Lenny Peterson, producer, LaMoure, North Dakota: “There were a lot of conversations. They were kind of one-sided. They were her conversations about giving up, about me being bullheaded, me being stubborn. (Reporter: Are you?) Oh, yes.”

In the 2013, the Petersons sued the NRCS and the case was eventually heard in Fargo. A few weeks after the hearing, Lenny Peterson was in the field when his lawyer called to tell him the judge’s ruling.

Lenny Peterson, producer, LaMoure, North Dakota: “We were combining beans – me and my wife will never forget that – and the phone rang and I got told it. And I just grabbed the radio and told her, ‘We’re going to go out and get bleeping drunk tonight.’ And, yeah, it was really good. Really good news.”

Despite winning the day, the ordeal was far from over. The Peterson’s struggled for weeks to get the government to return the lost subsidies. They were also soon notified the NRCS had pushed the case to the 8th Circuit Court of Appeals in St. Louis. But in early 2015, the NRCS dismissed the appeal just before the court date.

Lenny Peterson, producer, LaMoure, North Dakota: “If they took it to the 8th Circuit and lost, this ruling would have went for all the states in the circuit.”

In the meantime, Mary Podoll had taken over as North Dakota’s state conservationist.

Mary Podoll, NRCS State Conservationist, North Dakota: “So my first day on the job here in North Dakota was meeting producers in the Red River and the eastern part of North Dakota who were angry and frustrated...Everything was being appealed and a lot of things were being managed through lawyers.”

Once the dust had settled, Podoll stopped by the Peterson farm.

Mary Podoll, NRCS State Conservationist, North Dakota: “He really got the feeling it had become personal to some people and I don’t disagree with that.’” …There were some within the agency that had just kind of taken on a whole anti-farmer, if you drain, if you manipulate wetlands, you’re just bad. And that’s not our place. That’s not our role to judge.”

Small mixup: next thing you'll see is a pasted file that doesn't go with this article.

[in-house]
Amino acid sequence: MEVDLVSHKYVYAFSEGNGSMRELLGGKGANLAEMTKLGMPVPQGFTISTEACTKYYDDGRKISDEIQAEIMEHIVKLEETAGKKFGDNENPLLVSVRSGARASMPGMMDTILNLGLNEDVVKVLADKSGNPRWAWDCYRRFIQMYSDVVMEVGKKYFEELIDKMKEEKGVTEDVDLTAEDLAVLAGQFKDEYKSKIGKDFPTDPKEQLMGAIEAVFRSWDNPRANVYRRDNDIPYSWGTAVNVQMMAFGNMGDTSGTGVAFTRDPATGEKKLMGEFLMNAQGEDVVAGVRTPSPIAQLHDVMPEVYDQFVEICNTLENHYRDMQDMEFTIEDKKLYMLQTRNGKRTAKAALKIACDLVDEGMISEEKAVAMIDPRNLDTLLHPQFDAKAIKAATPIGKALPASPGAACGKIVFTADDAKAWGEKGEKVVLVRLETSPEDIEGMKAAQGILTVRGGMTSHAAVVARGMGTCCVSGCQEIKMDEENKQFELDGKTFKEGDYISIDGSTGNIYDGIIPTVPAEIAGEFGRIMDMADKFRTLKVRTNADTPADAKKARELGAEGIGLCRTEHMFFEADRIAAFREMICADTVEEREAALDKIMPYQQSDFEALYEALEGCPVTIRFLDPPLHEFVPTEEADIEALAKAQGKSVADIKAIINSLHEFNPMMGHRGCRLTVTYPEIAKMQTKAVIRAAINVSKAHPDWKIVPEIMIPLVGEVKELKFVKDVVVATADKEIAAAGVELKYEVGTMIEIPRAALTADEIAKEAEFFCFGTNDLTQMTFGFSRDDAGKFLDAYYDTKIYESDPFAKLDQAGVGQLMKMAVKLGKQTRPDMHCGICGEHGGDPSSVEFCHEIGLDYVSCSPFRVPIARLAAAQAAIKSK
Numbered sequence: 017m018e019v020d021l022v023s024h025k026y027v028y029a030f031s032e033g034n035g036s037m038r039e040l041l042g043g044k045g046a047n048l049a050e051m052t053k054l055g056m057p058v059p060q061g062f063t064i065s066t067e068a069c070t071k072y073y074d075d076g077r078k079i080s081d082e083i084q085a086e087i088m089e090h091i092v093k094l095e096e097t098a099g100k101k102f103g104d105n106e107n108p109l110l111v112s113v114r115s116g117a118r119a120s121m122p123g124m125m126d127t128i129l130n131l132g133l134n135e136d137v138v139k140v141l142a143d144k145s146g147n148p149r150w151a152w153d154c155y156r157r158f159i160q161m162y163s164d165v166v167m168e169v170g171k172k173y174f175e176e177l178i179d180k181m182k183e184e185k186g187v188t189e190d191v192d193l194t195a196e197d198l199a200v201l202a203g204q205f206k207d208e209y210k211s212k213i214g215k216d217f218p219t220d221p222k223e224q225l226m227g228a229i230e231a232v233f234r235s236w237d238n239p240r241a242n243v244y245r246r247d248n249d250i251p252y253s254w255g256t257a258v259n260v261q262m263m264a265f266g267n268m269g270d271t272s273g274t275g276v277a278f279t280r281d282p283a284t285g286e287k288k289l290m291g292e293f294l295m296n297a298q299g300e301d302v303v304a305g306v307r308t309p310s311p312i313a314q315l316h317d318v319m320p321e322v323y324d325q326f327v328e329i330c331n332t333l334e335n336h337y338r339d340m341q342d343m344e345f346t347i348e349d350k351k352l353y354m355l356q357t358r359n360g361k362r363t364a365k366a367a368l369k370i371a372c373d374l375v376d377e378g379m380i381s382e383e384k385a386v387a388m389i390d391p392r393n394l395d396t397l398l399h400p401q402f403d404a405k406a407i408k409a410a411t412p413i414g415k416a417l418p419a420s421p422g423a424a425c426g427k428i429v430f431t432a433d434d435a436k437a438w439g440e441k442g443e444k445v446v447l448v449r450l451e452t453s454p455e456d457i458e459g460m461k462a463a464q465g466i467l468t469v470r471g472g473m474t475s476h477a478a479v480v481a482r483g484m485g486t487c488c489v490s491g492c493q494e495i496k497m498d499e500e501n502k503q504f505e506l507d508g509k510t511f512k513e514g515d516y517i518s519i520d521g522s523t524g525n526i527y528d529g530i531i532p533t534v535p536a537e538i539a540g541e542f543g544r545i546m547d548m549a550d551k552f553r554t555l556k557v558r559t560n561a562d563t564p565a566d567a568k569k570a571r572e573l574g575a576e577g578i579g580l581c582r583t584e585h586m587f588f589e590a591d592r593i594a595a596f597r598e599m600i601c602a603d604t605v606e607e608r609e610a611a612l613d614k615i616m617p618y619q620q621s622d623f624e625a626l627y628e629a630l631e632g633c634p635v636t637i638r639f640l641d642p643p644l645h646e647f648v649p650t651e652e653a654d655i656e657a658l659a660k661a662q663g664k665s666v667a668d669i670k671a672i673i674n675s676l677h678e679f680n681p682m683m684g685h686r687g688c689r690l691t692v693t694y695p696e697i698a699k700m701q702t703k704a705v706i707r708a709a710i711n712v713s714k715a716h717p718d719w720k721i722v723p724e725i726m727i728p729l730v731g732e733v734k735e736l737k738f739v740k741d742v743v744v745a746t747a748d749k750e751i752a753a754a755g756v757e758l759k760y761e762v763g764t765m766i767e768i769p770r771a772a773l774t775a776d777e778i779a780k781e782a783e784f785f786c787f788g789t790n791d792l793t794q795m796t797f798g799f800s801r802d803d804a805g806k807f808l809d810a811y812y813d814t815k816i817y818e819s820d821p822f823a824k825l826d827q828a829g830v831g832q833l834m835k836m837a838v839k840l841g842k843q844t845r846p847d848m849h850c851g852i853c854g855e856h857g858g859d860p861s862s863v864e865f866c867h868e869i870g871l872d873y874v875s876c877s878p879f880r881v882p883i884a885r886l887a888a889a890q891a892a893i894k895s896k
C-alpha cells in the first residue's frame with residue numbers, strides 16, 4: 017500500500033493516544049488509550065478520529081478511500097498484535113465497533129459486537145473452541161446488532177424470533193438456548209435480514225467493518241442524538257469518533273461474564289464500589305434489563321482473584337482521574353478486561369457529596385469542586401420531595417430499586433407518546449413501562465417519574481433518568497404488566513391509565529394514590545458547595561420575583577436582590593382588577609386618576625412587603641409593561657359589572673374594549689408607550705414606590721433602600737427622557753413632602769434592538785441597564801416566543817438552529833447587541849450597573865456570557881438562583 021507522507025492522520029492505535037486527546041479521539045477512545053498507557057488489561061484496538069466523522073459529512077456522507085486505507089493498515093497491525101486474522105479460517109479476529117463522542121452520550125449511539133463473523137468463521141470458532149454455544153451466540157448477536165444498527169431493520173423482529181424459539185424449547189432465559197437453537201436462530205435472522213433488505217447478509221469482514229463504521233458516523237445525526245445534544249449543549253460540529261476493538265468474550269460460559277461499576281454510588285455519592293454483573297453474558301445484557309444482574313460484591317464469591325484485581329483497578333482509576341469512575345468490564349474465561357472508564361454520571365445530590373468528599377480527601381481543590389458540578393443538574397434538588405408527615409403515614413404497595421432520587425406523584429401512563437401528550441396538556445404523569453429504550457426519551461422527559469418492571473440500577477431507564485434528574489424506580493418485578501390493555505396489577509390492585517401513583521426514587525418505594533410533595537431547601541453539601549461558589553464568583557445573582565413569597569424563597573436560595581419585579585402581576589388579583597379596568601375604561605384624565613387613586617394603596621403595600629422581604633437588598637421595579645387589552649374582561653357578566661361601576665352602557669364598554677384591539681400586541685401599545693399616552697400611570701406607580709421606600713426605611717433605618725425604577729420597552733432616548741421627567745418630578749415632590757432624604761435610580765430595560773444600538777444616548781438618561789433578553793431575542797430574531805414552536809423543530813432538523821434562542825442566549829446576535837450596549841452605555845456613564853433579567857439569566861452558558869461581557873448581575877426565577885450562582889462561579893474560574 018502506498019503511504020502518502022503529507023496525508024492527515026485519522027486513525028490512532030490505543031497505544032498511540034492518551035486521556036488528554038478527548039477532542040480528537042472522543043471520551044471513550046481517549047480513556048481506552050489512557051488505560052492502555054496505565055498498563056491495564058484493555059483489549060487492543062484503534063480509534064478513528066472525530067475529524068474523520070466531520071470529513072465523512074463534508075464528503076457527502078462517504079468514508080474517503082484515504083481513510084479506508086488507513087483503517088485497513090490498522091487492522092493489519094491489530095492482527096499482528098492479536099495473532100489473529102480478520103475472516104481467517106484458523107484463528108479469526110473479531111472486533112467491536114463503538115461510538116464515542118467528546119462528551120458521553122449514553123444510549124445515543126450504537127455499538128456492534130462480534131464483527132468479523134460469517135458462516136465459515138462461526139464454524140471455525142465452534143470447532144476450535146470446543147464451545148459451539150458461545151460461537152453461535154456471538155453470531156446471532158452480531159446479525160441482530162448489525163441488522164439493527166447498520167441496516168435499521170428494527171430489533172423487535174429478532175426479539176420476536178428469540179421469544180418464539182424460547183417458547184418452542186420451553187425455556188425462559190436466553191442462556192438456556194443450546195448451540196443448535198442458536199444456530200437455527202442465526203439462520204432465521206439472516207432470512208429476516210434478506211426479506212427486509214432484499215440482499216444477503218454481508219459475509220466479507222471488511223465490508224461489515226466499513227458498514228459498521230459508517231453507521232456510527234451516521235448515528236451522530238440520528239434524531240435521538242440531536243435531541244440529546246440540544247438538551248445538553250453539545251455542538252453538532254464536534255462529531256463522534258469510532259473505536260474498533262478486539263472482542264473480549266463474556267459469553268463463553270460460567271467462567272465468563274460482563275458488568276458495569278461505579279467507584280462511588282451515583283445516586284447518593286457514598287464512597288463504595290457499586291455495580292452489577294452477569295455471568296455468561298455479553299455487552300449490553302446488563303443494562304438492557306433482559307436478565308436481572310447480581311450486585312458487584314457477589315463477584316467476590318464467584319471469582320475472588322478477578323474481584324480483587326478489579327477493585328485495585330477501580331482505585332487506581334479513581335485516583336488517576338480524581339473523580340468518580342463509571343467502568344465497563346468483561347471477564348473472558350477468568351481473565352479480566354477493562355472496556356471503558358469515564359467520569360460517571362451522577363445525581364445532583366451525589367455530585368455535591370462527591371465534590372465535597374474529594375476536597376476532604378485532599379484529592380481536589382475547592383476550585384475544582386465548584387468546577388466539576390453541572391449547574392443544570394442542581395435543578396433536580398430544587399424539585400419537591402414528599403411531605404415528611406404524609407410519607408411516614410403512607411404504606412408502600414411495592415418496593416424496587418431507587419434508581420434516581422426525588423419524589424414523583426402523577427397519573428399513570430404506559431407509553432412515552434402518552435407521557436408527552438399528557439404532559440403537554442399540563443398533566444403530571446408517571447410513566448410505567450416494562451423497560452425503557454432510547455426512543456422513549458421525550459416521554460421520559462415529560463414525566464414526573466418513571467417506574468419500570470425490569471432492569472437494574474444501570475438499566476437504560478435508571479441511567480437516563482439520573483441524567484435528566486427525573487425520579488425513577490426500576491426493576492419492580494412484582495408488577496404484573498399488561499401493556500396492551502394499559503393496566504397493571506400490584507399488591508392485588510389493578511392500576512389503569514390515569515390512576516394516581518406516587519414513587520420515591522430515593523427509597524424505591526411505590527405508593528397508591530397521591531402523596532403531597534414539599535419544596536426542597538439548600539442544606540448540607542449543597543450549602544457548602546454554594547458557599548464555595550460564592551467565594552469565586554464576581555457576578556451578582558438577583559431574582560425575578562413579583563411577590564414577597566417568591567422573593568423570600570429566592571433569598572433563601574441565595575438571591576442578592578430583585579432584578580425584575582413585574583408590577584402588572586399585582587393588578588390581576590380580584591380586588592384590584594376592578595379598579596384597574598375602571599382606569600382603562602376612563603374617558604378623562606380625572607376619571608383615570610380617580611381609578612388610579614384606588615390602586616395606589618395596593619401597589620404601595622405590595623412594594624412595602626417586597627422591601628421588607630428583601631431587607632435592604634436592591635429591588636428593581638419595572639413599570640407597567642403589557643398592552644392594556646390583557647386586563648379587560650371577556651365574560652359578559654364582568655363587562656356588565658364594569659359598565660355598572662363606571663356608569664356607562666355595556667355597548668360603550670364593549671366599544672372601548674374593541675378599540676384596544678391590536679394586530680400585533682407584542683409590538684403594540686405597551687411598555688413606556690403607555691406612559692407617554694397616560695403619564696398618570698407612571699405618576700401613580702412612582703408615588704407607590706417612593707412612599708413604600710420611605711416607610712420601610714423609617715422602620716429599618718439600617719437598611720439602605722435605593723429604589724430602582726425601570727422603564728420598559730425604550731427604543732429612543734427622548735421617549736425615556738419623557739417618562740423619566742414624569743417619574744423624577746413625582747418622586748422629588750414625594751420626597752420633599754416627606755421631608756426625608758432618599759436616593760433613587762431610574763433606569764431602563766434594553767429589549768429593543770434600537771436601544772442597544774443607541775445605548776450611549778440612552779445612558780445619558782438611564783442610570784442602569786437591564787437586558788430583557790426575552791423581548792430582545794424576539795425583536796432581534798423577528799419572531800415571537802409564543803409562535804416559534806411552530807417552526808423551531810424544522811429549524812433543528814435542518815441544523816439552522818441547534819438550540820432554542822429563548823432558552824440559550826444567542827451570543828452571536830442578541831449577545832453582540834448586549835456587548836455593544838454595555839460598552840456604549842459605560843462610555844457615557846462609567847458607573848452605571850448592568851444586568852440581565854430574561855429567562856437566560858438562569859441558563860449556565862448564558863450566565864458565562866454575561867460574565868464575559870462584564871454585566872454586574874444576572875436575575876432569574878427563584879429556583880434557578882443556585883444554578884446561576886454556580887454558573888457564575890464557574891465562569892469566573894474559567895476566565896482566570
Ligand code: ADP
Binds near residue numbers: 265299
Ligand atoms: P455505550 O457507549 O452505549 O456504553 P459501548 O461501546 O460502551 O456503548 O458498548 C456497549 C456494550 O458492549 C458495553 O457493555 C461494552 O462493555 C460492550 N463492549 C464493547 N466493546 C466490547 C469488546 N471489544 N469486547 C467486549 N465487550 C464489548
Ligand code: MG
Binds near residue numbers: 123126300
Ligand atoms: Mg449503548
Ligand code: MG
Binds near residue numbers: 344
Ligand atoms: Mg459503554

Lenny Peterson, producer, LaMoure, North Dakota: “I was a little leery at first talking to her … We had quite interesting talks. And I give her a lot of credit. And I thanked her for stopping here and listening.”

By 2013, the agency had reorganized compliance teams nationwide, and Podoll pushed North Dakota’s NRCS officials to bring an open mind to their farm visits.

Mary Podoll, NRCS State Conservationist, North Dakota: “It was more: ‘That’s a farmer. Oh, my goodness. You know they’re going to come in and they’re complaining.’ …. You listen to a farmer and they say, ‘I’ve farmed this for 30 years,’ …and you can honestly say, ‘You know, I can see what you are saying here.’”

The Petersons were eventually repaid most of the money they had tied up in the battle with USDA.

Lenny Peterson, producer, LaMoure, North Dakota: “I had to go to a meeting way up in northwest North Dakota and tell about this whole deal. And one guy in the crowd said, ‘So it paid to be bullheaded and stubborn?’ I said, ‘No, it still cost me $150,000 so it didn’t pay. But I won. I got my point across and that was the main thing. It was the principle.”

By Colleen Bradford Krantz, colleen.krantz@iptv.org